To stretch the maxim, 'survival of the fittest' would be a gross injustice to the millions falling victim to the global pandemic and failing to make both ends meet. It is once-in-a-century, if not more, cataclysmic disruption of the established socio-economic order where no one knows who will be the next victim and when. But as long as life lasts, man has to give his best to overcome the reversal. This exactly is what people the world over are now doing. At home, fellow citizens are fighting an overwhelming odd because of a developing economy with wide disparities. The economic base in the informal sector was in the process of consolidation and before it could complete the process, coronavirus has arrived with all its furies to negate many of the gains of decades. Those involved with enterprises in the informal sector, no wonder, are the worst hit.
This is manifest mostly in the capital city Dhaka with families in their hundreds leaving it because of their loss of livelihoods. There are families who have been living in this mega city for decades, raised their children here, sent them to schools and colleges but job losses of all earning members have compelled them to say goodbye to this city. It is unlikely to be any different for their fraternity in other cities and towns in this country. Those who have a village home will at least be able to protect themselves from elements when they return to their roots but what about others who do not have even a homestead? Not many of their relations will welcome them with open arms and even if they do for the time being, they will prove burdensome soon enough. Many such people could not pay their house rent for three or four months and had to vacate their rented residences on account of uncertainty over getting their jobs back or managing another.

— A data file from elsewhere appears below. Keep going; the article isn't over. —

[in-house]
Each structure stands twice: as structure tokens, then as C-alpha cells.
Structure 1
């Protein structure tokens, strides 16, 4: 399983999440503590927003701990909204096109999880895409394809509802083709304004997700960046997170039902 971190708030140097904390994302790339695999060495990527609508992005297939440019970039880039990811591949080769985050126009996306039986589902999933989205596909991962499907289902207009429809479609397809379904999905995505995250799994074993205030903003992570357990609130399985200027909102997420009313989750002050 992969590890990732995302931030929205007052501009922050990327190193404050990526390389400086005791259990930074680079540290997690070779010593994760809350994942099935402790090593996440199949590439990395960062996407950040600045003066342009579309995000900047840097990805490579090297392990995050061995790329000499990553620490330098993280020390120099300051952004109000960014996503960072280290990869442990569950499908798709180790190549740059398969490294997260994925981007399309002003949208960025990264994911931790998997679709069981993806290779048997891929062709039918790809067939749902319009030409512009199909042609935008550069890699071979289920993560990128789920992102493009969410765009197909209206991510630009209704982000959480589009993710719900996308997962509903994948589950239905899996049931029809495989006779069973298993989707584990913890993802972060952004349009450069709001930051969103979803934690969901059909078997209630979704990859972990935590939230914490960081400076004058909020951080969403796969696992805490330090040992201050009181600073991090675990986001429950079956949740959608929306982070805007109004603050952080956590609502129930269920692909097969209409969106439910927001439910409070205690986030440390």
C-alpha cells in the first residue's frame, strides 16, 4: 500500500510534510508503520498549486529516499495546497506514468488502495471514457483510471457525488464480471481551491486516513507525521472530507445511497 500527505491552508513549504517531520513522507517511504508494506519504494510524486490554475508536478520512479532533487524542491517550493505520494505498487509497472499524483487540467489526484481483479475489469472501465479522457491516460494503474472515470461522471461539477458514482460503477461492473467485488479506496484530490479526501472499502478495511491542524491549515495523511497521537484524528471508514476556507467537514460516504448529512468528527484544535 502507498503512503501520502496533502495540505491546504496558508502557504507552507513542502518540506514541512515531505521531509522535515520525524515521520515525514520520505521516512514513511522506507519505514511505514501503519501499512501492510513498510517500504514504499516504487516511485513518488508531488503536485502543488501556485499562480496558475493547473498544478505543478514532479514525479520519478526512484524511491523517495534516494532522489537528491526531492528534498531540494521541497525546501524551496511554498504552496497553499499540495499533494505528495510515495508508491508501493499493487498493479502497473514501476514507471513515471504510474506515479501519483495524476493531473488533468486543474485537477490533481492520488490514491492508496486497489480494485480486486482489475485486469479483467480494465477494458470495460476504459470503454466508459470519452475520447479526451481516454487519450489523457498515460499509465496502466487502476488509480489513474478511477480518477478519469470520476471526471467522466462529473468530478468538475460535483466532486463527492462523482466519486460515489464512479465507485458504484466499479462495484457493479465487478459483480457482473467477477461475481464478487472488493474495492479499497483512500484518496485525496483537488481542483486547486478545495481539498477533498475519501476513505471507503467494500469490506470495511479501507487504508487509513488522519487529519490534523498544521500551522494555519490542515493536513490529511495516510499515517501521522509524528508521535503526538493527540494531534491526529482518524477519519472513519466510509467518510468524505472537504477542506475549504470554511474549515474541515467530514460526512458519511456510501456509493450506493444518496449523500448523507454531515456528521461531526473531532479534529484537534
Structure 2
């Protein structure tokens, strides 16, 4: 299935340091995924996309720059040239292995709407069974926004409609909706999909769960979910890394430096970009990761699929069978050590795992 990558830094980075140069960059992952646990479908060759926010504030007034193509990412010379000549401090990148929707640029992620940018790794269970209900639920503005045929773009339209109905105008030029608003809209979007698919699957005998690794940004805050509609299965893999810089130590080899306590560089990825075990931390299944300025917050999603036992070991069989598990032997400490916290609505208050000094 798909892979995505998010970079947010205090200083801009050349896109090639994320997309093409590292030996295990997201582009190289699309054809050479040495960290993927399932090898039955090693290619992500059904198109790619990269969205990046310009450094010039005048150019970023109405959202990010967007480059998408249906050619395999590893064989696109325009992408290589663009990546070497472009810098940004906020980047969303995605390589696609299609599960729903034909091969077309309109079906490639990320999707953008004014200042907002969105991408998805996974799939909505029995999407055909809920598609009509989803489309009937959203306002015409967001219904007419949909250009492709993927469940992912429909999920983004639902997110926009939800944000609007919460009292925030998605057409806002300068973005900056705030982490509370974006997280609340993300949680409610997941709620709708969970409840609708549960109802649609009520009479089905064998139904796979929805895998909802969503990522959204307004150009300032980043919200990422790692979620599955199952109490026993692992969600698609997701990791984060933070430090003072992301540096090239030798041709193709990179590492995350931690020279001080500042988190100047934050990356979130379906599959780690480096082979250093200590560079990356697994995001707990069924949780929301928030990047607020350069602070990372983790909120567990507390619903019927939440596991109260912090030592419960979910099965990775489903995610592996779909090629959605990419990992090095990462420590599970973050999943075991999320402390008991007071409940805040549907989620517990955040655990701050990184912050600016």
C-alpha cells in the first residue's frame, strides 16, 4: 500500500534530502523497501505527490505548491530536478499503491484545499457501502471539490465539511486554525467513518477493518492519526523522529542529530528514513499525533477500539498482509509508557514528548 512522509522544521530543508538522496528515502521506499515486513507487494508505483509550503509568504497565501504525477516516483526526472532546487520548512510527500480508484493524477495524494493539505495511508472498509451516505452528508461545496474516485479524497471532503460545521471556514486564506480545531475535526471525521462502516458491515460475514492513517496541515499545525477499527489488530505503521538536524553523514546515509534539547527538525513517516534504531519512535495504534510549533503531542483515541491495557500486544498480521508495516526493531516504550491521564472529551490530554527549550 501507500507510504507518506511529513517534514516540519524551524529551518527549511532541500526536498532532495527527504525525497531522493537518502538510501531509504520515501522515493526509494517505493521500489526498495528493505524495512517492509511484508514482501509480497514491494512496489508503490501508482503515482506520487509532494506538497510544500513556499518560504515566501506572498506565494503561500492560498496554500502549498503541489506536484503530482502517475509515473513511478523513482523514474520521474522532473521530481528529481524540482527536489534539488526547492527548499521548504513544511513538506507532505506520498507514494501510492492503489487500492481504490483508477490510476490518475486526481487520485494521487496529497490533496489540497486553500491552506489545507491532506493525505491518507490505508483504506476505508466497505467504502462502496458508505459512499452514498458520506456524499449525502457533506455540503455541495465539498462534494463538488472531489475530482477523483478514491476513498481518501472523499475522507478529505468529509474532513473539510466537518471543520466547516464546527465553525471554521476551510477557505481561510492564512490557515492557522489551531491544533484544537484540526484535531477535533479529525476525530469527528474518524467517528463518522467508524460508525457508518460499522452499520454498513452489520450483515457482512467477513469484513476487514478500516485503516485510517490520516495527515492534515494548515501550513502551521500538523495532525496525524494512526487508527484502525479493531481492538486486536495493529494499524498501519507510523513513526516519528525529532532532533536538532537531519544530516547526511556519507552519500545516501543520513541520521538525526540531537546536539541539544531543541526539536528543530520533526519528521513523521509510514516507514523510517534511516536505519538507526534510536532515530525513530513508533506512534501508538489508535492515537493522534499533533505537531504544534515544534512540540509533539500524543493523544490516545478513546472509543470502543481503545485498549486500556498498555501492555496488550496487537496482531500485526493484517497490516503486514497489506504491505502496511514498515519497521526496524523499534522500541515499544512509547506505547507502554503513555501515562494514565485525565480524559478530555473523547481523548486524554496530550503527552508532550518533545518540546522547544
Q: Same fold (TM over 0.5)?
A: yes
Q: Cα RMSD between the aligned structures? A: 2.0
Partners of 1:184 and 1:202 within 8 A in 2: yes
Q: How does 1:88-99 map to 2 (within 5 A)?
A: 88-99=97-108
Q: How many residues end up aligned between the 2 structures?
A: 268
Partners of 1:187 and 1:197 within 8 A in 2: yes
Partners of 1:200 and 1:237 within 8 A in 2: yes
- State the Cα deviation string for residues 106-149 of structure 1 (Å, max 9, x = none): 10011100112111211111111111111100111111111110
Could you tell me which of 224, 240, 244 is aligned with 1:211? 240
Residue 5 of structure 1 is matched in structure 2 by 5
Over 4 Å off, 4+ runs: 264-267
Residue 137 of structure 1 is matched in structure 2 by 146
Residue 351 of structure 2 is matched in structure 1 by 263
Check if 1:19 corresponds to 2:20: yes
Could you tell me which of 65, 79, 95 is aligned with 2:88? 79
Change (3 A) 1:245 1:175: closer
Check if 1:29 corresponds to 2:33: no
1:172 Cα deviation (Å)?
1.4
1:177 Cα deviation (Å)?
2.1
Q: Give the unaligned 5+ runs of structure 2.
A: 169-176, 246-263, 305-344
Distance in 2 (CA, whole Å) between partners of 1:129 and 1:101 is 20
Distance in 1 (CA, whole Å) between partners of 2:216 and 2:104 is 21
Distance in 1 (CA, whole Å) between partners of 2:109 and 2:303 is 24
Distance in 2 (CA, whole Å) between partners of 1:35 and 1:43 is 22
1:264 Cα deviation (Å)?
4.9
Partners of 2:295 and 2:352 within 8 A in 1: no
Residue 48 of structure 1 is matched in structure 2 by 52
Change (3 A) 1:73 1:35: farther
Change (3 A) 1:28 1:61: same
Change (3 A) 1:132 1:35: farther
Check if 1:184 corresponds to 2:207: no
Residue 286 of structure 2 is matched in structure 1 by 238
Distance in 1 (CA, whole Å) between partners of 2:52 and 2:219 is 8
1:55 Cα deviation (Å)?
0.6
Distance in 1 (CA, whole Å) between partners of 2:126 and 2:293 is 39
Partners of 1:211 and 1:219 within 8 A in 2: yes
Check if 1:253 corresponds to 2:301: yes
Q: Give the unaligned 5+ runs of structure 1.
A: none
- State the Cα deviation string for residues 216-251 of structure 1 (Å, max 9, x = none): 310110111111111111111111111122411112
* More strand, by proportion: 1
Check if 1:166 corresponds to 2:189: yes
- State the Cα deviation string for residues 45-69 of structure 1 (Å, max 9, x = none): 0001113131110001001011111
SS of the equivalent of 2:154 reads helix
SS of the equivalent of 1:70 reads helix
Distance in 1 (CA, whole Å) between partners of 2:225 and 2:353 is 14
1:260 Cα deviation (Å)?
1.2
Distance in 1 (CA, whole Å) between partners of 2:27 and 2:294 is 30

A Brac study published in May last finds that 36 per cent people of diverse professions and classes all across the country have lost employments. Three per cent employees were not terminated and yet not paid their wages and salaries. Of those working as daily wage earners, 62 per cent had no work. According to the Bangladesh Institute of Labour Studies (BILS), about 10 million people have become unemployed in the country since the corona-induced shutdown. With the opening up of the economy, the situation may have improved somewhat but for the majority there is no option other than leaving their urban shelters.
Corona has, thus, not only taken a heavy toll of lives and livelihoods but also of people's optimism about life. The country's prime minister has time and again urged people to remain positive. Indeed, the shiny days break forth following the darkest nights. However, to welcome better days, both the government and the private sector must join hands together for gradual recovery of the economy. There is an indication that opportunities might be there in the post-corona period to seize for some productive sectors like the readymade garments. In the meantime, though, the local government system has to be empowered far more than it is now in order to trace all those returnees. Close cooperation between local government, lower tiers of administration and public health system can address problems like contact tracing and irregularities in distribution of government aid and small credits. These may prove crucial for survival of the vulnerable.